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CURRENT ISSUE:  October 22, 2007
VOL. 45, NO. 18   •   Oakland, CA
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Retired Maj. Gen. says Abu Ghraib abuse worse than media reported
 

SAN FRANCISCO (CNS) — Abuse at the Abu Ghraib military prison in Iraq was actually more severe than reported in mainstream media outlets, said retired Maj. Gen. Antonio Taguba, who headed the investigation of the abuse.

And former U.S. Defense Secretary Donald Rumsfeld was less than honest in his knowledge of the notorious scandal, Taguba added in a talk Oct. 4 at the University of San Francisco’s Center for the Pacific Rim.

Retired U.S. Army Maj. Gen. Antonio Taguba
CNS PHOTO/MICHAEL VICK/
CATHOLIC SAN FRANCISCO
He accused Rumsfeld of being untruthful with him and also misleading Congress when the former defense secretary claimed he had not read the Army official’s report.

“I would find it rather disturbing if no one had forwarded the report to the secretary of defense,” said Taguba. “I do not believe he had not seen the report.”

In 2004, amid allegations of abuse in its military prisons in Iraq, the Army ordered Taguba to conduct an investigation at Abu Ghraib prison west of Baghdad.

Although his commanding officers ordered him to limit his scope to the military police at Abu Ghraib, Taguba was nevertheless critical of military intelligence, the CIA and private contractors for their roles in abuse at the prison.

Accompanying the report were more than 100 photographs recovered during the investigation, some of which were later leaked to CBS and aired on “60 Minutes.”

Taguba said photos of abuse shown in the media were mild in comparison to others that have not been made public.

“Not everyone saw what I saw,” Taguba said.

The unreleased images, he said, include one showing an American soldier sodomizing a female Iraqi detainee. The soldier could be seen videotaping the act while engaged in it; another soldier also videotaped it in the background, he said.

Taguba cautioned that releasing all of the photos would, in his opinion, “irrevocably harm” the reputation of the United States and lead to further bloodshed.

He said that to his knowledge only his commanding officers, members of the Bush administration and select members of Congress have seen all the photos. Taguba said he even initially kept the photos from his own investigators, not wanting to prejudice their work.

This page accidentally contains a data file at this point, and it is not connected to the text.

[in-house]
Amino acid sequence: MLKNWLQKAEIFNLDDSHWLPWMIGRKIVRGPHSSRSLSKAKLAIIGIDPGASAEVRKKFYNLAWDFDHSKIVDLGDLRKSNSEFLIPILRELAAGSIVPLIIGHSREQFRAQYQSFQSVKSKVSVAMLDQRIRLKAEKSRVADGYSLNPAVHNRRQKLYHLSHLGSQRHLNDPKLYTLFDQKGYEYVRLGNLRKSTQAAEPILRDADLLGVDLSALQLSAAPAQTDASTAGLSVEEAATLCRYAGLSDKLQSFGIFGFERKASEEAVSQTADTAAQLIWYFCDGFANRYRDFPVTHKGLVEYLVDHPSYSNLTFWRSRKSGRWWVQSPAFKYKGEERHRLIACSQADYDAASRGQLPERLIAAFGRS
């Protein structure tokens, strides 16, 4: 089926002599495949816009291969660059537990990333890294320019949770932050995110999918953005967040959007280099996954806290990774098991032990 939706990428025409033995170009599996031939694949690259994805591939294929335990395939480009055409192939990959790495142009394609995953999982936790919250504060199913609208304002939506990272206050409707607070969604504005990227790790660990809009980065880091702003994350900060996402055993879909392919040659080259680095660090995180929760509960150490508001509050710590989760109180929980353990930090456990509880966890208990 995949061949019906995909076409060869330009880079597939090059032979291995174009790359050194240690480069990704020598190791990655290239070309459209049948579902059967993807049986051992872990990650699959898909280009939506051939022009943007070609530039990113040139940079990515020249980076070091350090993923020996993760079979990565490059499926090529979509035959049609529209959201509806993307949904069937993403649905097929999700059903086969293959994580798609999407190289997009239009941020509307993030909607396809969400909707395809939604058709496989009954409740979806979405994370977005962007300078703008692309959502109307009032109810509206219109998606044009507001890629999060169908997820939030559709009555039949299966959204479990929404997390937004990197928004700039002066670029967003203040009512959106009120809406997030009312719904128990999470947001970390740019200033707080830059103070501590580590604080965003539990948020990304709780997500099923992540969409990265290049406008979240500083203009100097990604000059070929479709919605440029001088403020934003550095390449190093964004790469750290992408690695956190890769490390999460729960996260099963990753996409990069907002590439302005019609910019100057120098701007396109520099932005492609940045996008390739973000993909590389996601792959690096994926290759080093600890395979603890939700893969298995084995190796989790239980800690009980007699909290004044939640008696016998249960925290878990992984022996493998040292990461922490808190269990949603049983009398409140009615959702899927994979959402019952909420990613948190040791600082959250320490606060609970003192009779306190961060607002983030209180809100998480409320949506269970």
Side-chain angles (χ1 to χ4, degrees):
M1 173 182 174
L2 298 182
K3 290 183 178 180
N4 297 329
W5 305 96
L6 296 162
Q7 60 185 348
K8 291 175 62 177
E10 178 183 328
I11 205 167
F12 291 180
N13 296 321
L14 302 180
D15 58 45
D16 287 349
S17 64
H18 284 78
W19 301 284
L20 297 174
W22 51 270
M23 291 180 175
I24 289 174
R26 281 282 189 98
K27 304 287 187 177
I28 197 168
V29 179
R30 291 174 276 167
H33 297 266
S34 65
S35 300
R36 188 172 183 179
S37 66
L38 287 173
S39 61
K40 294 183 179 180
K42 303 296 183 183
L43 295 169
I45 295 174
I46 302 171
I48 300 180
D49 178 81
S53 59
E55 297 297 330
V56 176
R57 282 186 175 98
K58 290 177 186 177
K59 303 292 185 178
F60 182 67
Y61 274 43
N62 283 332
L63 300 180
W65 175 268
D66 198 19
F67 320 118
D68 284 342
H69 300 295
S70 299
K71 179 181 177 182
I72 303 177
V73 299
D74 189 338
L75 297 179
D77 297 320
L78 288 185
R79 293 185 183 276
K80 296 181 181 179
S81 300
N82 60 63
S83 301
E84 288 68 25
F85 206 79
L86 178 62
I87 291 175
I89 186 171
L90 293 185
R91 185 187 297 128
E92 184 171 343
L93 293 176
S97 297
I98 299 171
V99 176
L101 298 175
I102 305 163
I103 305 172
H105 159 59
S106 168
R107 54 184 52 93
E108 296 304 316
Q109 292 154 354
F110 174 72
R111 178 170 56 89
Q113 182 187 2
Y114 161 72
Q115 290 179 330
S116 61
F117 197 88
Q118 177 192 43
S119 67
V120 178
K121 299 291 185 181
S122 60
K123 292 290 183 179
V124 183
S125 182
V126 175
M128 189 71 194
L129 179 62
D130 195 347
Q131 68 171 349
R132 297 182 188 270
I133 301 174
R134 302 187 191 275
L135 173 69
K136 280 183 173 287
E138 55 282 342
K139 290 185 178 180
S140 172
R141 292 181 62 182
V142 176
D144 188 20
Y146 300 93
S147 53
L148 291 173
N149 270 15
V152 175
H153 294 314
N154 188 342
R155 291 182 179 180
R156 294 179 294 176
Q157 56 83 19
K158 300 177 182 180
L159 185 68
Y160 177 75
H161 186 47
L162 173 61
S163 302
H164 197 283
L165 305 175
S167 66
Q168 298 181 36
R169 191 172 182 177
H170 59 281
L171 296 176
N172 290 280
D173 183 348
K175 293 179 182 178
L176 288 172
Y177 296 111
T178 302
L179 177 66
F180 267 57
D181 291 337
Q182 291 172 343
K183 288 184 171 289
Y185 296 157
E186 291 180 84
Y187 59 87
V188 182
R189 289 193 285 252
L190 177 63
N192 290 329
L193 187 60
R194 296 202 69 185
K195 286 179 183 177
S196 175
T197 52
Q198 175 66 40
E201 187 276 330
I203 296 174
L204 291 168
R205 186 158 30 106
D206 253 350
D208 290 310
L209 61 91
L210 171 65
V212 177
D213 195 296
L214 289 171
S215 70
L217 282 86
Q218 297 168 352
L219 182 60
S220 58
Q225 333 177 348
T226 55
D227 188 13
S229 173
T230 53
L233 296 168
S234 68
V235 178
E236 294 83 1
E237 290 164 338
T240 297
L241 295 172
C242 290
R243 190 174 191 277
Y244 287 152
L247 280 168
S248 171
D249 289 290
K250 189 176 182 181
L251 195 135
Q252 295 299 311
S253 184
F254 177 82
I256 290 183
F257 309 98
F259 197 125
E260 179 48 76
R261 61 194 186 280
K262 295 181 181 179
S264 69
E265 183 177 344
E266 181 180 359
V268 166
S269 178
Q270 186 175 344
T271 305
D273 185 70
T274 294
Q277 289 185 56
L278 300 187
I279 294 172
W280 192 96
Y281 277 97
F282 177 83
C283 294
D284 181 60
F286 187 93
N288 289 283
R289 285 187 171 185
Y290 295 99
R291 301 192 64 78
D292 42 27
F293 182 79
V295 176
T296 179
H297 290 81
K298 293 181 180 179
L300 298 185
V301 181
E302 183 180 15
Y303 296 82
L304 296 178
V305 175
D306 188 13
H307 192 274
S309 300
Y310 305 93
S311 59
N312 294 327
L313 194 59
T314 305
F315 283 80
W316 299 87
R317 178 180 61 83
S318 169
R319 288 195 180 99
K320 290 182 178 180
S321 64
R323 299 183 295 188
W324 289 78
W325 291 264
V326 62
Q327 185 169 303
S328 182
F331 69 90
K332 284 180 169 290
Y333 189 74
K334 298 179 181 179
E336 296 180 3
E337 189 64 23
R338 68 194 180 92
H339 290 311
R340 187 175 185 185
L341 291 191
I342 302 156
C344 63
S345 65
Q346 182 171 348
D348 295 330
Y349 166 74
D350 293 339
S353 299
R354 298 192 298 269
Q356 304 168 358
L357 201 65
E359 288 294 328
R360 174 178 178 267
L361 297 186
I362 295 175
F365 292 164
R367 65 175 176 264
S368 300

Taguba went through official channels with the report, giving it only to his superiors. However, he said whoever leaked the report and photos was acting within the First Amendment.

“If it weren’t for CBS, nobody would know about this,” he said.

After his report was finalized and delivered to his superiors, Taguba himself became a target, he said. Army Gen. John Abizaid, then commander of U.S. forces in Iraq, told him, “You and your report will be investigated.”

“All of a sudden, I became the problem,” Taguba said. “I was the man everybody ostracized. I am now part of the Mafia. I’m now a suspect.”

Taguba said his immediate superiors saw the photos and the report, but that Abizaid refused to look at the photos. Taguba said he offered to give them to the general’s aide and to his lawyer, and also offered to leave a copy with him in the event he might wish to review them later, all requests that Abizaid reportedly denied.

Ordered back to the Pentagon in May 2004, Taguba briefed senior White House and military officials, including Rumsfeld; Air Force Gen. Richard Meyers, then chairman of the Joint Chiefs of Staff; and then-Deputy Defense Secretary Paul Wolfowitz. Taguba told his audience the meeting was unproductive and brief.

It was during this meeting, Taguba said, that Rumsfeld first told him that he had not read the report or seen the photos. In June, Taguba told writer Seymour Hersh of The New Yorker magazine that when Rumsfeld repeated this claim in congressional testimony the major general found it hard to believe the secretary.
Taguba told Hersh that one possible explanation for Rumsfeld not seeing the report and photos could have been that his aides and military officials did not want to deliver bad news to the secretary, whom many privately acknowledge had a bad temper. In the end, Taguba dismissed this possibility.

“Rumsfeld is very perceptive and has a mind like a steel trap,” Taguba told Hersh. “He’s trying to acquit himself, and a lot of people are lying to protect themselves.”

Taguba said his abrupt retirement came in the wake of his report, and his dismissal was likely the result of his outspoken criticism of the policies that led to the abuse at Abu Ghraib.

In January 2006, Taguba was instructed by Gen. Richard A. Cody, the Army’s vice chief of staff, to retire by January 2007. Reportedly no explanation was given. The retirement ended a 34-year military career.

Taguba’s appearance at the University of San Francisco was his first free public event since his retirement.

He took a handful of questions after his presentation, and stayed an additional 15 minutes to visit with audience members, including Franciscan Father Louis Vitale, who along with Jesuit Father Steve Kelly, was sentenced to five months in prison, Oct. 17, for trespassing at Fort Huachuca, Arizona, during a protest against torture and the Military Commissions Act of 2006.


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